Date of Award


Degree Type

Evidence-Based Project Report

Degree Name

Doctor of Nursing Practice (DNP)



First Advisor

Julie M. Brandy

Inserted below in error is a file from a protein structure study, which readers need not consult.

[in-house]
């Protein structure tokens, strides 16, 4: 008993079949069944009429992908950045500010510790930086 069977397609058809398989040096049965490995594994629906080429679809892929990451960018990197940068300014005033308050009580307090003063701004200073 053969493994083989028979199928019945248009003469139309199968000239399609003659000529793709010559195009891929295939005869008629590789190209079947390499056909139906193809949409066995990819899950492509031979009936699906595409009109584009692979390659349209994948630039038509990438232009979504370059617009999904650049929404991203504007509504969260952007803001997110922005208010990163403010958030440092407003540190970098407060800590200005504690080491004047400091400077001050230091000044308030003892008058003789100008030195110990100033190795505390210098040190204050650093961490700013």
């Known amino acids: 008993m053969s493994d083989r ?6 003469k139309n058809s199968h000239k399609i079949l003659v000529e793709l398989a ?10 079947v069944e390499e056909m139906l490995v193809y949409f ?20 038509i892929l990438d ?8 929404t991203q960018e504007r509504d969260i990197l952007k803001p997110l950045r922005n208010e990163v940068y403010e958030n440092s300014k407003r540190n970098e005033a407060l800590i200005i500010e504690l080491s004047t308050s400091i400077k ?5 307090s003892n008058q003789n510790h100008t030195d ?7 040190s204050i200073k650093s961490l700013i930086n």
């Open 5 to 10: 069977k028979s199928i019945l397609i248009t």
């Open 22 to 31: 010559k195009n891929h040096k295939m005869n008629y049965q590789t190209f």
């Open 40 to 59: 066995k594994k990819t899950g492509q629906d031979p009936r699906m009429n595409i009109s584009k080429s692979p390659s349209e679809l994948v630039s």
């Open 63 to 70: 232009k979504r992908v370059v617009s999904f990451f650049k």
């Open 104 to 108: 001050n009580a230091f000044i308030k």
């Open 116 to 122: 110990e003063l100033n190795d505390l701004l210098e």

The Center for Disease Control ranked suicide as the second leading cause of death for American adolescents (2015). This crisis of adolescent suicide warrants evaluation and improvement of current suicide prevention practices. The Emergency Department (ED) offers 24-hour services and may be the only organized healthcare for utilized by some individuals. Nurses are the front-line provider of care in the ED and this role offers opportunity to identify an adolescent with increased suicide risk. The purpose of this EBP project is to evaluate nursing attitudes toward suicide prevention by implementing the best practice screening tool for adolescent suicide risk assessment. ED nurses’ attitudes toward suicide prevention directly impacts the candor of responses from adolescents during the risk assessment. This project evaluated ED nurses’ attitudes toward suicide prevention utilizing the Attitudes to Suicide Prevention (ASP) scale which collects information specific to front-line health professionals. A mandatory class emphasized the current crisis of adolescent suicide and the best evidence recommendation for implementation of the Ask Suicide-Screening Questions (ASQ) risk assessment tool. The ASQ was implemented as a practice change to be completed by ED nurses for all adolescents seeking treatment in the ED. Evaluation of ASQ results followed one month of implementation and results were compared to previous practice data. Seven positive risk screens for adolescents seeking treatment for complaints unrelated to psychiatric or suicidal origin were identified with one month of ASQ implementation. This finding would have been unrecognized with prior practice standards. These results were relayed to staff. A post-intervention ASP survey was voluntarily completed by ED nurses to evaluate a change in nursing attitudes. With the implementation of an educational event and the successful implementation of a new screening tool, improved ED nursing attitudes toward suicide prevention were demonstrated. Results indicated a more positive staff attitude towards suicide prevention, but were not statistically significant (p > .05). Data demonstrated an increase in the number of adolescents identified with an increased suicide risk. Based on these results, implementing the ASQ demonstrated an improvement in adolescent suicide risk assessment practice and nursing attitudes toward suicide prevention in the ED.